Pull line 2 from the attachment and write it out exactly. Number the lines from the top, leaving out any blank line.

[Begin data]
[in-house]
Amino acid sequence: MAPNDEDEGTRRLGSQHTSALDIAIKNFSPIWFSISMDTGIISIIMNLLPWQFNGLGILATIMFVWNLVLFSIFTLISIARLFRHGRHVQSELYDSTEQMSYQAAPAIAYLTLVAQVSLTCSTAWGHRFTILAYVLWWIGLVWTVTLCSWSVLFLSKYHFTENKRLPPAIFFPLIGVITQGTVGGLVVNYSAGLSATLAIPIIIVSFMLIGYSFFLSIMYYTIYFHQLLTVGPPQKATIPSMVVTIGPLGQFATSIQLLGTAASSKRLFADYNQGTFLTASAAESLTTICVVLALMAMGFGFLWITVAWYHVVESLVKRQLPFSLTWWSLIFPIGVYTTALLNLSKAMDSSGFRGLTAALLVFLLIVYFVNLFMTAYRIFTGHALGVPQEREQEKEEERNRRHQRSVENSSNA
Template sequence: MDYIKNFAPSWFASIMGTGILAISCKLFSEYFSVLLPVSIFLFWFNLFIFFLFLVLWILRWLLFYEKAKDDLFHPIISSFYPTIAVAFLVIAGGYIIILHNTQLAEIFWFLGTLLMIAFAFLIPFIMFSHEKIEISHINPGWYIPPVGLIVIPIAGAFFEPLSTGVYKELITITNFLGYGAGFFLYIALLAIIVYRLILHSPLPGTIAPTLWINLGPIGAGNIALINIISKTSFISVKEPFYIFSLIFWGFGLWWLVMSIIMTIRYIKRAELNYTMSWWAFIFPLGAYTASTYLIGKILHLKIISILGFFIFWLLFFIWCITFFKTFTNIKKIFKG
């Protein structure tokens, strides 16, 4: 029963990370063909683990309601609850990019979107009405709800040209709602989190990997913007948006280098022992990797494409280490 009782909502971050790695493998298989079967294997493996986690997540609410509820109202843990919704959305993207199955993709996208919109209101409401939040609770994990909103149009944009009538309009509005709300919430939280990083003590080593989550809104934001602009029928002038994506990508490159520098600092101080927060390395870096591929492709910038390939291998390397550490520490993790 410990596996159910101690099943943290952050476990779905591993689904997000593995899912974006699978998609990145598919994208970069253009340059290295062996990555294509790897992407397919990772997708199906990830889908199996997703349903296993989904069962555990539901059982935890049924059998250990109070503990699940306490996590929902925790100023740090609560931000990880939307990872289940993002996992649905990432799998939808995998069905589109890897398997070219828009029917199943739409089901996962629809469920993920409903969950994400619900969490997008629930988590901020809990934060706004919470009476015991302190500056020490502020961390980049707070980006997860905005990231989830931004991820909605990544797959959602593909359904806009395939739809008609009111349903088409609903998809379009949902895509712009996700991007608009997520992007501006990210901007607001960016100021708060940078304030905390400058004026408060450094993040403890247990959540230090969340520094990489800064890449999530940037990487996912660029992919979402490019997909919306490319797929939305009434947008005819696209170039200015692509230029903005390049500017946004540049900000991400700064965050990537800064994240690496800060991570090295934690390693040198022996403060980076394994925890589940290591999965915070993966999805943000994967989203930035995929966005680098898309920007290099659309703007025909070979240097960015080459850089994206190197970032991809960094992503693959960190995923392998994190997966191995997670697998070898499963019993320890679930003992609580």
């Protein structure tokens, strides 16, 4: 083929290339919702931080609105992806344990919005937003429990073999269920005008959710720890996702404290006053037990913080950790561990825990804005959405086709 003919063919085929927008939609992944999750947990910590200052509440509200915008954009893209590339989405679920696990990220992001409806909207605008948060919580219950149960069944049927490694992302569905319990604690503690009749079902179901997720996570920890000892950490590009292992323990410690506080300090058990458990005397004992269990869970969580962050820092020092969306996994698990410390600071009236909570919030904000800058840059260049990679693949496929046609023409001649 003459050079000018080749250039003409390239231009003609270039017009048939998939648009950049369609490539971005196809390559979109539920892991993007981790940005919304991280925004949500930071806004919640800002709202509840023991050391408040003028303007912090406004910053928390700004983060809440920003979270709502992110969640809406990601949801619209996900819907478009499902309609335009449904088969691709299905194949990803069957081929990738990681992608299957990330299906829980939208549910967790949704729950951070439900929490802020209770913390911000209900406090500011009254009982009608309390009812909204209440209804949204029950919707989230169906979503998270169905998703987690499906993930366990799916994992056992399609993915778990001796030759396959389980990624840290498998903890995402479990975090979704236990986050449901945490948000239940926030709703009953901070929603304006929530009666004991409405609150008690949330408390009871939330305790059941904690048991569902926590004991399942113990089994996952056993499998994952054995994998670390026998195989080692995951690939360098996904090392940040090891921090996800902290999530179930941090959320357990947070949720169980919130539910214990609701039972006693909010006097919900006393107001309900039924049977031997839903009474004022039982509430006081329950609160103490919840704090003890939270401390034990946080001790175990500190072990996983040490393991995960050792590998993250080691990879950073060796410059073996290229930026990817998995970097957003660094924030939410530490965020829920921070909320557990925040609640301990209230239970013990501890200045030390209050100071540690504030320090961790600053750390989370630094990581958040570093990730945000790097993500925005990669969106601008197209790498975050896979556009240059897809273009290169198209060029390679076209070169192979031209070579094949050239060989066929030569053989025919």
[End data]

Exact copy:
Amino acid sequence: MAPNDEDEGTRRLGSQHTSALDIAIKNFSPIWFSISMDTGIISIIMNLLPWQFNGLGILATIMFVWNLVLFSIFTLISIARLFRHGRHVQSELYDSTEQMSYQAAPAIAYLTLVAQVSLTCSTAWGHRFTILAYVLWWIGLVWTVTLCSWSVLFLSKYHFTENKRLPPAIFFPLIGVITQGTVGGLVVNYSAGLSATLAIPIIIVSFMLIGYSFFLSIMYYTIYFHQLLTVGPPQKATIPSMVVTIGPLGQFATSIQLLGTAASSKRLFADYNQGTFLTASAAESLTTICVVLALMAMGFGFLWITVAWYHVVESLVKRQLPFSLTWWSLIFPIGVYTTALLNLSKAMDSSGFRGLTAALLVFLLIVYFVNLFMTAYRIFTGHALGVPQEREQEKEEERNRRHQRSVENSSNA